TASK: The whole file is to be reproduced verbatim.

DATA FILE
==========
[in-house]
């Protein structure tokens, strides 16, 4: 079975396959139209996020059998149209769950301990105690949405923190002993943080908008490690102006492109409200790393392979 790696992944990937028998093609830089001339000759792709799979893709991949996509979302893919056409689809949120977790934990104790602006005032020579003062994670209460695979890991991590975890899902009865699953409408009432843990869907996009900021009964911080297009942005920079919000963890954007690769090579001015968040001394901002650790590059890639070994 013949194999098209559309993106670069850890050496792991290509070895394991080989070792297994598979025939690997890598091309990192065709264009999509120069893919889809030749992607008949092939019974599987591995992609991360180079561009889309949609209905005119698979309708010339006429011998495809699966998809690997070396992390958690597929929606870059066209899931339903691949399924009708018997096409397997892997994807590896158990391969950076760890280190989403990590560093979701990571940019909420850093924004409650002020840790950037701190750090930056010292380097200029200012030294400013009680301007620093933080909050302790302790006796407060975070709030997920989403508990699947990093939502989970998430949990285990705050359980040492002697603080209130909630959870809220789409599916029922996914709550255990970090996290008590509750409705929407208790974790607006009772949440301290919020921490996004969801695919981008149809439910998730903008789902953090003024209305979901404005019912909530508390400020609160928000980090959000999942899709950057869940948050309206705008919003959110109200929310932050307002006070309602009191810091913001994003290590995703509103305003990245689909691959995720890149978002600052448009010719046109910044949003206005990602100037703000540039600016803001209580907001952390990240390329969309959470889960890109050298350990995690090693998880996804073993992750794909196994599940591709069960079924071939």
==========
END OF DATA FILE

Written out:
[in-house]
């Protein structure tokens, strides 16, 4: 079975396959139209996020059998149209769950301990105690949405923190002993943080908008490690102006492109409200790393392979 790696992944990937028998093609830089001339000759792709799979893709991949996509979302893919056409689809949120977790934990104790602006005032020579003062994670209460695979890991991590975890899902009865699953409408009432843990869907996009900021009964911080297009942005920079919000963890954007690769090579001015968040001394901002650790590059890639070994 013949194999098209559309993106670069850890050496792991290509070895394991080989070792297994598979025939690997890598091309990192065709264009999509120069893919889809030749992607008949092939019974599987591995992609991360180079561009889309949609209905005119698979309708010339006429011998495809699966998809690997070396992390958690597929929606870059066209899931339903691949399924009708018997096409397997892997994807590896158990391969950076760890280190989403990590560093979701990571940019909420850093924004409650002020840790950037701190750090930056010292380097200029200012030294400013009680301007620093933080909050302790302790006796407060975070709030997920989403508990699947990093939502989970998430949990285990705050359980040492002697603080209130909630959870809220789409599916029922996914709550255990970090996290008590509750409705929407208790974790607006009772949440301290919020921490996004969801695919981008149809439910998730903008789902953090003024209305979901404005019912909530508390400020609160928000980090959000999942899709950057869940948050309206705008919003959110109200929310932050307002006070309602009191810091913001994003290590995703509103305003990245689909691959995720890149978002600052448009010719046109910044949003206005990602100037703000540039600016803001209580907001952390990240390329969309959470889960890109050298350990995690090693998880996804073993992750794909196994599940591709069960079924071939």